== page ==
Stephanie Affinito — lover of books, writing, teaching, journals, podcasts, and long walks on the beach — asked me five questions after our podcast interview. (For that, just bounce on this link, and the miracle of the interwebs will take you there.)
Where do you do your best writing?What are your favorite writing tools? (pens, notebook, software, etc.)Do you have any special writing routines or rituals?What inspires your writing?What advice do you give to others who hope to one day write something of their own?
Here’s how I answered:
I suppose it’s my disposition to remove any of the preciousness or magic out of the writing process. For me, it’s been called “going to work” since I went freelance in 1990. Let me back up. The important thing, regardless of your physical surroundings, is to get yourself in the proper headspace to write. The right frame of mind (and the time required to produce anything of length). Now, granted, everyone is different and there may well be various rituals or strategies to help you get there, in place, so to write. It might be an office, a chair, a particular pen, a bottle of gin. We can scribble on napkins or jab sentences into the “Notes” feature of our phones. But to write at length requires, simply, a place where you can be free from distractions. Focus is everything. Concentration is king. And at every turn the world conspires against those things. To write well, I think you need to turn the world off and allow yourself the time and space to go deep inside your head. What inspires my writing? Oh, gosh. Everything and anything. But I do seem to need to be inspired — moved to write — — in order to get anything worthwhile done. I’ve never been very good at cranking out 1,000 words on any given afternoon. Whereas for others, that’s exactly the process. They write by writing. And I’ve gone through all the self-loathing that comes with falling short at the job. What I’ve learned — and this translates into my advice for any writer — is to read widely with care & attention and to write often. The obvious stuff. But after a while, you will begin to learn about yourself, the things that work for you. We are all different. For example, I’ve come to accept that I seem to need a lot of time percolating. Ruminating. Dithering might be another word for it. Working things out in my head over time. And it’s as if a certain kind of creative pressure slowly builds and builds until, one day, it’s time. I’m ready to write. As a writer, you might be completely different. You might be analytical, methodical. You might like to write out extended character profiles, elaborate backstories, fill pages and pages in notebooks. But ultimately, the task comes down to just you and a blank page. Nothing gets written until you sit down in front of that blank page. You need to get yourself there on a regular basis, one way or other. What else? Oh, please, forgive yourself. Be patient with yourself. Try your best. Work hard, but also take time off. Exercise. Enjoy walks. Read books. Meet with friends. Fill yourself up. And always return to that blank page. Just you & the silence of your thoughts, your feelings, and the time & space to think & feel them. Good luck.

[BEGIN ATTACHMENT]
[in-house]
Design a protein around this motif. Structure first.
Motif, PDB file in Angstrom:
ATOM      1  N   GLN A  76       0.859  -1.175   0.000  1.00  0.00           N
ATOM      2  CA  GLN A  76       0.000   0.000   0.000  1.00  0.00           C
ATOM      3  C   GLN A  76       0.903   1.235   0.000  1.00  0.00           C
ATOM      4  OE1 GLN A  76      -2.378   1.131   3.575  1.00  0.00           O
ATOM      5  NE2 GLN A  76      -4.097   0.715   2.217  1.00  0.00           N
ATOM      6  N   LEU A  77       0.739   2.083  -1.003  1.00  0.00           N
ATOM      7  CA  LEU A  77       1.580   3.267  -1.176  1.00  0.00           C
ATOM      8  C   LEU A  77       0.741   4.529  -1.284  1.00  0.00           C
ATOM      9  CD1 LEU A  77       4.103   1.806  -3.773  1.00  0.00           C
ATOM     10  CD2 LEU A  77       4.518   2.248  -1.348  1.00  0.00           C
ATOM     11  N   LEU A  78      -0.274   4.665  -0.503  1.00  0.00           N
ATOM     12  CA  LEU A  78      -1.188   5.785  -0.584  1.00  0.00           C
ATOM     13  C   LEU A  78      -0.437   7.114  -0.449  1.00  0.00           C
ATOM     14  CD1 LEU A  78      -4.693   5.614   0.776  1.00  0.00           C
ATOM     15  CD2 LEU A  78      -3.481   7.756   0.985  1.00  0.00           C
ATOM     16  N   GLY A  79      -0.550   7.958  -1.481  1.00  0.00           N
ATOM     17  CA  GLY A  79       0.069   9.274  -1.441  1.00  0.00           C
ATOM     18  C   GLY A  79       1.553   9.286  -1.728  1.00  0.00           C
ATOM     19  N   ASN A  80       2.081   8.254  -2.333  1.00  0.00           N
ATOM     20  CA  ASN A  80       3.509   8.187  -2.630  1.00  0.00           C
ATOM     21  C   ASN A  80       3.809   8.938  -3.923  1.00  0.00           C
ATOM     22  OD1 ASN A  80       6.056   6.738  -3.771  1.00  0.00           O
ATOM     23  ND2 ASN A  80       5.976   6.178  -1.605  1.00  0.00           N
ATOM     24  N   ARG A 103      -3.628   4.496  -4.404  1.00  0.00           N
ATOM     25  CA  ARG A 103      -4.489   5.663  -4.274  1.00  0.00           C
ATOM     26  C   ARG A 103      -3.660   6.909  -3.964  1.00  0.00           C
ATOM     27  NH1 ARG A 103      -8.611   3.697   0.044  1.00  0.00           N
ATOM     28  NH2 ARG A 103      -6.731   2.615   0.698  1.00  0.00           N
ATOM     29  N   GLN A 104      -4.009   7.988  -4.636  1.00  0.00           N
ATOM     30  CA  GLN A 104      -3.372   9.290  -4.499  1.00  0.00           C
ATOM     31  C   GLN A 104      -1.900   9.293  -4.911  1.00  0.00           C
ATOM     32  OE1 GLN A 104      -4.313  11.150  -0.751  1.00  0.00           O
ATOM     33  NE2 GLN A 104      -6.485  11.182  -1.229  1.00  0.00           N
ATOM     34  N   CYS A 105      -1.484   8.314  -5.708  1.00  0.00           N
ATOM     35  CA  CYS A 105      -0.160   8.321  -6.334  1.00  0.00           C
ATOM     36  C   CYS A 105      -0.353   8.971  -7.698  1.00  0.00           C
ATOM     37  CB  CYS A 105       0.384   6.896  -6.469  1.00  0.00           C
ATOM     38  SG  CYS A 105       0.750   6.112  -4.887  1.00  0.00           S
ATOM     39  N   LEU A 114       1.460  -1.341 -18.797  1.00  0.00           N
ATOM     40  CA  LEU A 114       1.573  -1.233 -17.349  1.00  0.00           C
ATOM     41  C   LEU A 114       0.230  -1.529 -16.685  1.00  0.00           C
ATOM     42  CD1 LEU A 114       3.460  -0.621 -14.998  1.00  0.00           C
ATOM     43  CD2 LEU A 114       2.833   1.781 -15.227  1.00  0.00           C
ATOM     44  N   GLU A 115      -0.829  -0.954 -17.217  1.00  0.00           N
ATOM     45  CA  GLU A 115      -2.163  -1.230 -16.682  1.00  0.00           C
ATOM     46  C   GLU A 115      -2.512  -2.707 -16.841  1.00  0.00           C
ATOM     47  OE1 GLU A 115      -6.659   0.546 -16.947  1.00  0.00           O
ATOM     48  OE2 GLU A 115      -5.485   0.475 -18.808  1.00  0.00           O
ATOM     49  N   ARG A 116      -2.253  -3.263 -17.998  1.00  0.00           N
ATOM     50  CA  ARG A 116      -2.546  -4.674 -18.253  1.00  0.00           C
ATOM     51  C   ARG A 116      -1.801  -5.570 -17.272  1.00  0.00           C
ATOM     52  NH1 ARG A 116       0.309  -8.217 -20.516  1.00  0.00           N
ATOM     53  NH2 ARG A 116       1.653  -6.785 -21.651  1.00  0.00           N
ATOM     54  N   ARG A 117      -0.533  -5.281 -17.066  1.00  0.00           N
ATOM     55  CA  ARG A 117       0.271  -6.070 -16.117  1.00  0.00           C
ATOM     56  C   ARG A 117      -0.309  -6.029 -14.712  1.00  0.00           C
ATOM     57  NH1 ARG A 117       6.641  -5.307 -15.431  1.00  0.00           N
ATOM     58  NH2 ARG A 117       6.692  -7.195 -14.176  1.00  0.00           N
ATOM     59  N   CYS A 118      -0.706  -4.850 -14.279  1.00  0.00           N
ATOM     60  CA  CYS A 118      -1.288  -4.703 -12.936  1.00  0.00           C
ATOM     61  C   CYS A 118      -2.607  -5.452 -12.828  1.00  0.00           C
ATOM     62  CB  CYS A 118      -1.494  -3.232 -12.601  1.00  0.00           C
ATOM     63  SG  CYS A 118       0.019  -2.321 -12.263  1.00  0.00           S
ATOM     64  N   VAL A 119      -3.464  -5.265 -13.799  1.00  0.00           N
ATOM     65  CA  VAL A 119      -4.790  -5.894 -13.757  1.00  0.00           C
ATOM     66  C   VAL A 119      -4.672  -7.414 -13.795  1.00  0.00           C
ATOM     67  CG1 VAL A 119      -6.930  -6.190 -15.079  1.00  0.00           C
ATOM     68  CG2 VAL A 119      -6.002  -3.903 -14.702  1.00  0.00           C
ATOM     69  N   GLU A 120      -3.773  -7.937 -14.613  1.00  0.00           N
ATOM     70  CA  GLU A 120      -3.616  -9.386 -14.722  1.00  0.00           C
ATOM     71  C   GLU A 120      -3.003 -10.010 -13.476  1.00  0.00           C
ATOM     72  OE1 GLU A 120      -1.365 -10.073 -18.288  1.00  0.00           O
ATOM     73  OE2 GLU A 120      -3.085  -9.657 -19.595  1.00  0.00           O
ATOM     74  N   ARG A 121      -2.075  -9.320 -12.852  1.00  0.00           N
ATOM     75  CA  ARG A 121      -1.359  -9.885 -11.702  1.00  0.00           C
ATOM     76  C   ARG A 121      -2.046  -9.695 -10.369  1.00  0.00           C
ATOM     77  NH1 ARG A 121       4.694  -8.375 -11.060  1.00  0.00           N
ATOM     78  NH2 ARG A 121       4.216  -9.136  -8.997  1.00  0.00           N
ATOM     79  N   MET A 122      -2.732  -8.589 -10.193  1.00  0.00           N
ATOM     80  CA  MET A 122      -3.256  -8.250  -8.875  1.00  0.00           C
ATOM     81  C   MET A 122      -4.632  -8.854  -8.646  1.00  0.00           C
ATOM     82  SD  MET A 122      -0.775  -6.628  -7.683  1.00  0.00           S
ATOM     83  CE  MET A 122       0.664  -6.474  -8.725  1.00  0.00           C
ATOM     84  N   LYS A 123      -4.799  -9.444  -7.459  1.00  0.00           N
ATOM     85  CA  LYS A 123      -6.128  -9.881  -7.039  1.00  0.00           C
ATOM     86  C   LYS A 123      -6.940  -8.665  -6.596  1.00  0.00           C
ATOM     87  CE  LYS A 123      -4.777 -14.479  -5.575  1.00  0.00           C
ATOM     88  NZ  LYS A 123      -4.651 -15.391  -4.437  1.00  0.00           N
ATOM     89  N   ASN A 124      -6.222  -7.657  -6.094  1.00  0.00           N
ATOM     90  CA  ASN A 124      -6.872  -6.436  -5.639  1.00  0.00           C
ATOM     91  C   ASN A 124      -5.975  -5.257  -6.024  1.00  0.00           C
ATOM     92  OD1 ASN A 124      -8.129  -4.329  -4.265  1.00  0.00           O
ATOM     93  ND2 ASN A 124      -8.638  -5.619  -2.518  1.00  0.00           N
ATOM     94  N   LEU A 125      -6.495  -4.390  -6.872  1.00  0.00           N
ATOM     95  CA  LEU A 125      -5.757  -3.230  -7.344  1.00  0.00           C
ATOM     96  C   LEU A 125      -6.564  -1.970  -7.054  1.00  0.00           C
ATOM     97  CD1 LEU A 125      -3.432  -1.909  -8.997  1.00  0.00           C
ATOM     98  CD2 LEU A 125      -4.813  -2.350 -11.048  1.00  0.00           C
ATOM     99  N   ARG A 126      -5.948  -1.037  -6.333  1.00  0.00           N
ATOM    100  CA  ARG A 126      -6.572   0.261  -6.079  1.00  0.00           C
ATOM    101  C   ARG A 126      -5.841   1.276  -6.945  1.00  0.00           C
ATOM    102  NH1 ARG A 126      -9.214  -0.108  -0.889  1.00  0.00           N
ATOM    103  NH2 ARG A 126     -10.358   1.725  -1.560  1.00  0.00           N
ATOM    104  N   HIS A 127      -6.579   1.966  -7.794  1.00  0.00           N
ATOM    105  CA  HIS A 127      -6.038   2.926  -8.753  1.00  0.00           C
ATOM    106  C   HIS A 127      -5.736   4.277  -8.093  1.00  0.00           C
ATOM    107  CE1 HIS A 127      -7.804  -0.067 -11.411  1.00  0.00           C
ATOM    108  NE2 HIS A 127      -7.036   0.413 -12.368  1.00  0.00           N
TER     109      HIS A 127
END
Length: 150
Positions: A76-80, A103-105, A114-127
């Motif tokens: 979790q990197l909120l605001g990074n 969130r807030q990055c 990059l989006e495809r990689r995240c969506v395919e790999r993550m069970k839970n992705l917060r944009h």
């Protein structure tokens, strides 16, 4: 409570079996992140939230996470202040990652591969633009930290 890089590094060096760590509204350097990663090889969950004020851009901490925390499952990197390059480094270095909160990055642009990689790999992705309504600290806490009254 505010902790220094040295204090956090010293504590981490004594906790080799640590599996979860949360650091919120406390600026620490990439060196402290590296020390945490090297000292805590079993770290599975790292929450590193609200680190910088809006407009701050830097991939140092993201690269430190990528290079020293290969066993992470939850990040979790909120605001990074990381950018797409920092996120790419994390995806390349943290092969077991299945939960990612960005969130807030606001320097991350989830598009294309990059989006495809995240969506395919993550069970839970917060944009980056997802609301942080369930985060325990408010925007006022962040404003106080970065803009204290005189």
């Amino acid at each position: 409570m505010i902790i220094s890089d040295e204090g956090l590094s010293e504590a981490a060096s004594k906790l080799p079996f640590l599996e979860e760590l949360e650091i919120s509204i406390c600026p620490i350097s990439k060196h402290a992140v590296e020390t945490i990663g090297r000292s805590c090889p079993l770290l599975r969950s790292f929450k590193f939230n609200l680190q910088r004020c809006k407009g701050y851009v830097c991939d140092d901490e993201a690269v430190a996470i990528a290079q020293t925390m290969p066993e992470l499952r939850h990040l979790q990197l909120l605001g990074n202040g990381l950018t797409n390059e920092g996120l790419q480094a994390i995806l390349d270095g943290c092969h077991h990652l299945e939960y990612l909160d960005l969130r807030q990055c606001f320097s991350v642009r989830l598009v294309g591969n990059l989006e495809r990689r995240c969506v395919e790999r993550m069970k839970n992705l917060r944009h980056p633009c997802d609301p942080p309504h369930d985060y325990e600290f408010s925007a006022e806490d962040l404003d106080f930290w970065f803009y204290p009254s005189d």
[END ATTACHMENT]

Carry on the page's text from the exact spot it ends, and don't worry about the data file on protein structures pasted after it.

Addendum: I did not write this in my original answer to Stephanie, but all my references to the “blank page” reminded me of a tip that I actually practice. At the end of the day, around the time you are ready to push away from the desk, leave a little something unwritten. That is, don’t finish the chapter. Don’t end the scene. Leave it off in the middle if possible, maybe with a few clear notes. Then the next day, you can pick right up where you left off — i.e., it’s not a blank page! — rather than having to start all over again at the bottom of the hill.
Etcetera, etcetera . . .